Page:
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What Do You Think About Transhumanism?

  1. Dec 3, 2003 #1
    See http://www.transhumanism.org/ Basically, the technological/philosophical movement of Transhumanism is to create technology that can be applied to augmenting the human brain and body, as well as the creation of artificial life forms (consider tv shows with characters such as Data from Star Trek: The Next Generation). Transhumanism embraces technologies such as genetic engineering, gene therapy, nanotechnology, cryonics, cyborg technology, cloning, and other futuristic/exotic types of procedures. They hope to increase individual IQs to astronomical levels, as well increase life-span without any limits. Physical robustness is also important, preventing body decay. Organic bodies are fragile, so if possible, a new material is desired to replace the current body type common to Homo Sapiens.

    Regards,

    Niels Bohr
     
    Last edited: Dec 3, 2003
  2. jcsd
  3. Dec 6, 2003 #2
    I think transhumanism is wonderful. Whether or not humans should choose to upgrade themselves technologically may turn out to become the most important societal issue of the 21st century. Before automatically dismissing such ideas as either unethical or bad sci-fi, it's probably a good idea to acquaint yourself with the other side's arguments, if you haven't already (e.g. the Transhumanist FAQ, or look around here). I think you may find them much more sensible than the "loony frozen heads cult" image sometimes spread by the media. :wink:

    Data and other TV AIs are pretty awful examples of what to expect in reality, though.

    Also, I should point out that transhumanism has nothing to do with the "neo-eugenics" stuff Niels Bohr has been posting about. Mainstream transhumanism explicitly distances itself from such movements.
     
  4. Dec 12, 2003 #3
    Lol, in a world like this, I'm not sure I'd want to live any longer than 80 or 90 years. Ask me again when I'm 70...:wink:

    I think ultimately we have to accept ourselves for what we are. Science may, one day, if it is permitted to continue along the present trend, be able to patch up the human body with cybernetic or genetically 'grown' spare parts, but we're like tyres: there's only so many times it can be repared.

    Science is becoming a powerful thing these days, but the question isn't necessarily 'can we do it?', but 'if you were able to do it, would you honestly choose to?'

    I'm not entirely sure that I would.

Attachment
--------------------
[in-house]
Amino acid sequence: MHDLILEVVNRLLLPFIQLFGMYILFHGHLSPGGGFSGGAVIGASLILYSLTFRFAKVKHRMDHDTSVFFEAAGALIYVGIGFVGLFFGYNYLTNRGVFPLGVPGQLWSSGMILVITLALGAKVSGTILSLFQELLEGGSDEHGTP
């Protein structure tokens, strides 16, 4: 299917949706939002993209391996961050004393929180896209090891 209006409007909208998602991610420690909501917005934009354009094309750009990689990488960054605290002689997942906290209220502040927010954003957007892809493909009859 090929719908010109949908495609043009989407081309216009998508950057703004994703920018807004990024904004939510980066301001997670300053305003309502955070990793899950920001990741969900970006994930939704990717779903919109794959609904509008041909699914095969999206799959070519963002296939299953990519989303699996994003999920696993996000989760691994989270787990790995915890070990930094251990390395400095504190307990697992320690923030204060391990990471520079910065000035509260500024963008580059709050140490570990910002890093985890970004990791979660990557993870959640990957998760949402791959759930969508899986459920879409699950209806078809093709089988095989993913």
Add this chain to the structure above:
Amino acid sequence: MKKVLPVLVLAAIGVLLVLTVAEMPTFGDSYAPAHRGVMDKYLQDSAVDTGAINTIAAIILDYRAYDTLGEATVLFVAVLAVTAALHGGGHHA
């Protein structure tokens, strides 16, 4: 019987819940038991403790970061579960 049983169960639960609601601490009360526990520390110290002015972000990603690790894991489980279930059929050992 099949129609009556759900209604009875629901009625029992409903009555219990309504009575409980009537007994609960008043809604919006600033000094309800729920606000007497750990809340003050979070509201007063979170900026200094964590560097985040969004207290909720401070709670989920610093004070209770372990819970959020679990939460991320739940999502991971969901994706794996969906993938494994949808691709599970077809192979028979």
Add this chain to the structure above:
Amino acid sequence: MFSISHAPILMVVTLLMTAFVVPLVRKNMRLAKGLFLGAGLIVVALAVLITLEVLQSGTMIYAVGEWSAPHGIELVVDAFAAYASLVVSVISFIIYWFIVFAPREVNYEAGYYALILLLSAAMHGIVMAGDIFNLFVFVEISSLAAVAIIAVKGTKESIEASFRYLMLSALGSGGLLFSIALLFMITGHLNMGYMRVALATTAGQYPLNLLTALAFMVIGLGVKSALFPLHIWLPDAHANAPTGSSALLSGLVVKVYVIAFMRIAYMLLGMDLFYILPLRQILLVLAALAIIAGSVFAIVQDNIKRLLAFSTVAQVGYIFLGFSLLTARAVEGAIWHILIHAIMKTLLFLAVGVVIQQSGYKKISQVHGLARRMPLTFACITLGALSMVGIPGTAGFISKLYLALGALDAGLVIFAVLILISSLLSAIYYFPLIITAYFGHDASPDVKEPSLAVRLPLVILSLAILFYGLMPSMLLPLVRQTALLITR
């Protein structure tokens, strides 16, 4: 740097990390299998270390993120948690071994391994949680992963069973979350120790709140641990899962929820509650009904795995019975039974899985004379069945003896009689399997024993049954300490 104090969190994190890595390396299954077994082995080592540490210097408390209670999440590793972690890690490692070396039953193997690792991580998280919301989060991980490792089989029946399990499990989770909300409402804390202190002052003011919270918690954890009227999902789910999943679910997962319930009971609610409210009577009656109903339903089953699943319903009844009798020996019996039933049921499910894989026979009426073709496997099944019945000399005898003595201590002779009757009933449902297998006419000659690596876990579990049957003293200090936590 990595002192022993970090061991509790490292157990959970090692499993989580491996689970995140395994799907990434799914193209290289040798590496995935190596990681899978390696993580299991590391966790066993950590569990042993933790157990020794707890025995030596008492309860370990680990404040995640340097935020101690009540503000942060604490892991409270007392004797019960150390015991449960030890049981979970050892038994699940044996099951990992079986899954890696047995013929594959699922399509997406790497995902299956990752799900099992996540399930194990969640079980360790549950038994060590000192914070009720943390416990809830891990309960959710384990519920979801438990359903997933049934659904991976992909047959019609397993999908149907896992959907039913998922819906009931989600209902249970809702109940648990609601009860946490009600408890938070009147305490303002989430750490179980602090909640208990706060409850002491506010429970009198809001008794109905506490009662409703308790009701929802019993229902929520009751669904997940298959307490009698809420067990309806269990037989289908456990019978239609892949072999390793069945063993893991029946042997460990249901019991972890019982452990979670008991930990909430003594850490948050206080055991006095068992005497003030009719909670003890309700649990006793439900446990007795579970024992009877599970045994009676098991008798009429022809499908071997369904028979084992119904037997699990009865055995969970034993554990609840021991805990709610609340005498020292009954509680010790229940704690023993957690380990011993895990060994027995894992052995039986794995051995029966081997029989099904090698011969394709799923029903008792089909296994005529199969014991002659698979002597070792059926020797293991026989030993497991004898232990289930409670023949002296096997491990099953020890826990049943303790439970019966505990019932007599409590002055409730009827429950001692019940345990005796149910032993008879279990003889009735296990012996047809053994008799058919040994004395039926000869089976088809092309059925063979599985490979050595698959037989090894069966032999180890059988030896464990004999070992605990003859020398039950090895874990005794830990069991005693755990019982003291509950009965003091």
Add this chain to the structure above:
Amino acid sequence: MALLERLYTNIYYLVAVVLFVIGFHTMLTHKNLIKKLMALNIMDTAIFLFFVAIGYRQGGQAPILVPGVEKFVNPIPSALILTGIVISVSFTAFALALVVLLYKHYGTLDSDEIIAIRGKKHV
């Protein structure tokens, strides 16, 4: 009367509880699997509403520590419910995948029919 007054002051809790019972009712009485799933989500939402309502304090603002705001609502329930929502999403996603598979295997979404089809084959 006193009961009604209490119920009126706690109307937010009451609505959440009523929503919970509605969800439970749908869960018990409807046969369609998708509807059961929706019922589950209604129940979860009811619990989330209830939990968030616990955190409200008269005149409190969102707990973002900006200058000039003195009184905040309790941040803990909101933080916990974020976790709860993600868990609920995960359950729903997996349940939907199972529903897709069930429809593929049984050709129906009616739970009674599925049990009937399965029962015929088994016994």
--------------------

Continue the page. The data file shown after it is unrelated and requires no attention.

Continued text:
5. Dec 13, 2003 #4
    Over centuries, the world will not stay the same. If I lived forever, I could think of a lot of things to do and to learn even now. Transhuman technologies may well increase the space of things to do, and allow you to edit your mind to become who you want (redesign your motivations, become more intelligent, and so on).

    Life extension (possibly immortality) is only one aspect of transhumanism, and replacing parts would only be one way of extending lifespan (not necessarily the most interesting one).

    This is true. Some people would choose to use advanced technologies, some wouldn't. The alternative to letting people decide for themselves is to decide for everyone by halting technological progress on a global scale. So far, I don't think I've seen a plan to achieve a long-term technologically stagnant society that didn't directly or indirectly involve the collapse of civilization.

    Trying to get everyone on the planet to relinquish large areas of science and technology seems futile to me; what we can do is to try to ensure that these technologies will be used responsibly (e.g. nanotech) and that the future contains humane beings (e.g. AI).
     
  6. Dec 17, 2003 #5
    There are three branches of Transhumanism. The World Transhumanist Association (http://www.transhumanism.org/) is politically Liberal, Extropy Institute (http://www.extropy.org/) is Libertarian, and then the Conservative Transhumanists are Transtopia (http://www.transtopia.org/) and Plausible Futures (http://www.plausiblefutures.com/) Take your pick.

    Carlos Hernandez
     
    Last edited: Dec 17, 2003
  7. Dec 17, 2003 #6
    That's more of a twig than a branch, though. Most transhumanists wouldn't see "neo-eugenics" (which as far as I can tell is even further removed than the sites you mention) as part of the transhuman tree at all. This doesn't seem unfair to me, considering that transhumanism is about going beyond the human condition, not about breeding a master race or any of that tripe.

    Also, you make it seem like WTA and Extropy are denominations like Catholicism and Protestantism are to Christianity. While it's true that Extropy tends to be more libertarian and WTA tends to be more social-democratic (as well as trying to be more of an umbrella organization), neither is wedded to any political ideology. They're more like organizations working toward similar goals with different emphasis than like mutually exclusive factions.
     
    Last edited: Dec 17, 2003
  8. Dec 17, 2003 #7
    Ontoplankton,

    Why don't you get a leading Transhumanist figure to post daily tech news here? Eugene Leitl's Transhumantech list is getting no exposer, it would nice if he just posted all his tech and science news here. Or someone can post the daily betterhumans.com stories here. I don't have the time personally, plus you probably would not want Transhumanism to be affiliated with me.

    Carlos Hernandez
     
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